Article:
On semi-colons in js


How do you respond to somebody who's claiming something's bad, knowing all the arguments why something is considered good, and still tries to spread the badness about it? I don't know, actually. I didn't want to burn myself with that one either. I'm afraid it'll be a useless discussion.

Today I was pointed towards a blogpost about optional semi-colons in Javascript. Reading that post made my toes curl. This is one of those guys. He basically put down all the arguments for using semi-colons and threw them all out. I don't agree with some of the counter arguments he used, but that's besides the point.

Now by itself, I don't really care. I mean, he knows the potential pitfalls leaving out the semi-colons so if he ever faces such a problem, he'll only have himself to blame for it. But what if he participates in some OSS project like CommonJS? Or how will he program at work, in an environment where maintainability and coworkers should be one of your primary concerns? Will he suddenly use semi's now? I doubt it.

@jdalton also points out that Safari 2 doesn't even allow leaving out semi's after throw statements. This would be one of those browsers mislav deems forgotten, I guess :)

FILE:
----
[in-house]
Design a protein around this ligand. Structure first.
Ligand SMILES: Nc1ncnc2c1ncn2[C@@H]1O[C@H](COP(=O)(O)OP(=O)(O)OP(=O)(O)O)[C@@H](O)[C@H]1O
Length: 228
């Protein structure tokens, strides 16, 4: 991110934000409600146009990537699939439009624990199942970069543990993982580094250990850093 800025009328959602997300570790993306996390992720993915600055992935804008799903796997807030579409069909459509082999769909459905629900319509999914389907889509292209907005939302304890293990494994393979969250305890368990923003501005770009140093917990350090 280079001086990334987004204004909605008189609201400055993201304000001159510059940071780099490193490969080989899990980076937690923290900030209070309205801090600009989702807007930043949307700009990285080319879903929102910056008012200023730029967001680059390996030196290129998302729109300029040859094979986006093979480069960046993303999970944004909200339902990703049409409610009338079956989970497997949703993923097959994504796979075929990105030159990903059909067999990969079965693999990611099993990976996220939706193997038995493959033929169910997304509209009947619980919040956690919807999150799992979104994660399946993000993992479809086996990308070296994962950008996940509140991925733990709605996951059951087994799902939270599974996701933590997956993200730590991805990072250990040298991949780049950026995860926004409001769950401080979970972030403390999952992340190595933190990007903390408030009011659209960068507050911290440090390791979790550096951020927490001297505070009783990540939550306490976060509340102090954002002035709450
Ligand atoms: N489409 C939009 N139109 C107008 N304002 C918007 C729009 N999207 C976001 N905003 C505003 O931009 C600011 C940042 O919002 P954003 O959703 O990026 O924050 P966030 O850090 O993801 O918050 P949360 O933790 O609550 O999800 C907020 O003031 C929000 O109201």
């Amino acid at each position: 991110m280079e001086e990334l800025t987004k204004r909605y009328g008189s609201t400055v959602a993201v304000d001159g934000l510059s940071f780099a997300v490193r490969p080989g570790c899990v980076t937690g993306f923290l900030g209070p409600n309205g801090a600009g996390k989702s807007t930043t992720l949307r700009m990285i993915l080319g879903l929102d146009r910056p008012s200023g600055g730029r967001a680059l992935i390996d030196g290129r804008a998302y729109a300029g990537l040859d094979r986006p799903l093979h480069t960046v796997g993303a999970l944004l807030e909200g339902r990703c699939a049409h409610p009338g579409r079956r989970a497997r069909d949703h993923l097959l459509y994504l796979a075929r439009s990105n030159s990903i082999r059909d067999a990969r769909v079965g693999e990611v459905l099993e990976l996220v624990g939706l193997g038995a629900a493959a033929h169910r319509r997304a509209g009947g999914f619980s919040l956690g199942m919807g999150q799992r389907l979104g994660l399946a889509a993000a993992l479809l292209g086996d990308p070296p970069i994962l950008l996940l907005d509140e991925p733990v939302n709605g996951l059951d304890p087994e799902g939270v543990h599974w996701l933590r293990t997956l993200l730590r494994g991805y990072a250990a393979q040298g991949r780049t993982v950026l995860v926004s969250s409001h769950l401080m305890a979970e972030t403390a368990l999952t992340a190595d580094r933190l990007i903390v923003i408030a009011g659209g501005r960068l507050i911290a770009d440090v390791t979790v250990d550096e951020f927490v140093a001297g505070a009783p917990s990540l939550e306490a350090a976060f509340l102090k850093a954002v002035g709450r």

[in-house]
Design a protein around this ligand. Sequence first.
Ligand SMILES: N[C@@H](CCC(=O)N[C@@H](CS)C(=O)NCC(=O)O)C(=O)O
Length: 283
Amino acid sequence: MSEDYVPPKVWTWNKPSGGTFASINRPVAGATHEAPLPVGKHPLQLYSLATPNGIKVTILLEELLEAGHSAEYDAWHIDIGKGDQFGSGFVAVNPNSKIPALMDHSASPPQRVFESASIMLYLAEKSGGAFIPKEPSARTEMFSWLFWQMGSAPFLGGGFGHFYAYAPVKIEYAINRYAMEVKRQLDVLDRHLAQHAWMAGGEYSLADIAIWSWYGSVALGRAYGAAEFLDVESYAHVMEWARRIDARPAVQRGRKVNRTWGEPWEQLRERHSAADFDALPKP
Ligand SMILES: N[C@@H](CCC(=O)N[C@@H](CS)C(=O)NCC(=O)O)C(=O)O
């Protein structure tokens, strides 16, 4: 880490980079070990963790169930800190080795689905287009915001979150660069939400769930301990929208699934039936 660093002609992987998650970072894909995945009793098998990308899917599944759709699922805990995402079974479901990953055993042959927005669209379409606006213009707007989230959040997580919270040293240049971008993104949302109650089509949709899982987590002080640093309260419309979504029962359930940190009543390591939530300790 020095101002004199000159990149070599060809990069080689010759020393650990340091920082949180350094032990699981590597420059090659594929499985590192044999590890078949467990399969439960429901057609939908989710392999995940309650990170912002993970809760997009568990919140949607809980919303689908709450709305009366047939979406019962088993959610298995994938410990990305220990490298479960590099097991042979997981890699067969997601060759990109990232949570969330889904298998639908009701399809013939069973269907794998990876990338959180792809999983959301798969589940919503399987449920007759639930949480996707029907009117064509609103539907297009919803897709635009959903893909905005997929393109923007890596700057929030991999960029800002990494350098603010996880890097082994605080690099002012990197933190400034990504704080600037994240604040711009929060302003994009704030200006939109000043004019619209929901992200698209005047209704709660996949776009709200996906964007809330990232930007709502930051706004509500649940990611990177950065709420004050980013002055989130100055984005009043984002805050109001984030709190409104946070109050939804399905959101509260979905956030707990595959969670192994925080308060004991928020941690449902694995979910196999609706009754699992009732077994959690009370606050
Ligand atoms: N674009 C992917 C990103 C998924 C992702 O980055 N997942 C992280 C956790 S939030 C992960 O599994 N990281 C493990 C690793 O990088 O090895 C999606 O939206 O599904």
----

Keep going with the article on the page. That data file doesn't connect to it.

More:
Now recently Inimino also wrote a piece touching this subject. His main argument was that of legibility. Semi-colons would only add to unnecessary overhead and distract from the actual code. While I can't really comment on that fact, I doubt it'll outweigh the potential problems programmers could encounter in Javascript when they get sloppy while not using semi-colons.

I don't really want to get deep into those problems. The specification outlines them pretty clearly and there are tons of posts about these cases anyways (google them!). So let me just mention the two most important ones:

- A return/break/continue/throw statement with the argument on the next line will actually not use the argument (but use undefined).

Code: (JS)

- Certain multi line snippets could be interpreted wrongly (because auto semi-colons are not _always_ inserted).

Code: (JS)
var x = y
This would be executed as a single line; var x = y(a||b).alert(); (and most likely cause a weird error you'll be searching for a long time).

Code: (JS)
Not executed. There is no return allowed between these two components. Of course this is not a serious problem, but if you encounter it you'll be in serious problems.

So while semi-colons are optional, in some cases they are actually not. Granted, these cases are rare, but they are there and they can really be a pain to debug. So I think it is the responsibility of those that know about these thing to protect those that are unaware of the issues. Especially in a professional environment or a public group project, enforce semi-colons.

Just don't get used using the semi-colon-less style "for personal projects". It's very hard to unlearn a style once you get used to it. Before you know it you'll (try to) get this style into some project. And then what? On the other hand, how much is really involved in putting the semi's where they belong? Helping the readibility, structure and minification of your source while preventing possible obscure hard-to-debug-even-harder-to-fix bugs on the way.

As for the specification? Read Ecmascript 5, paragraph 7.9 on Automatic Semicolon Insertion.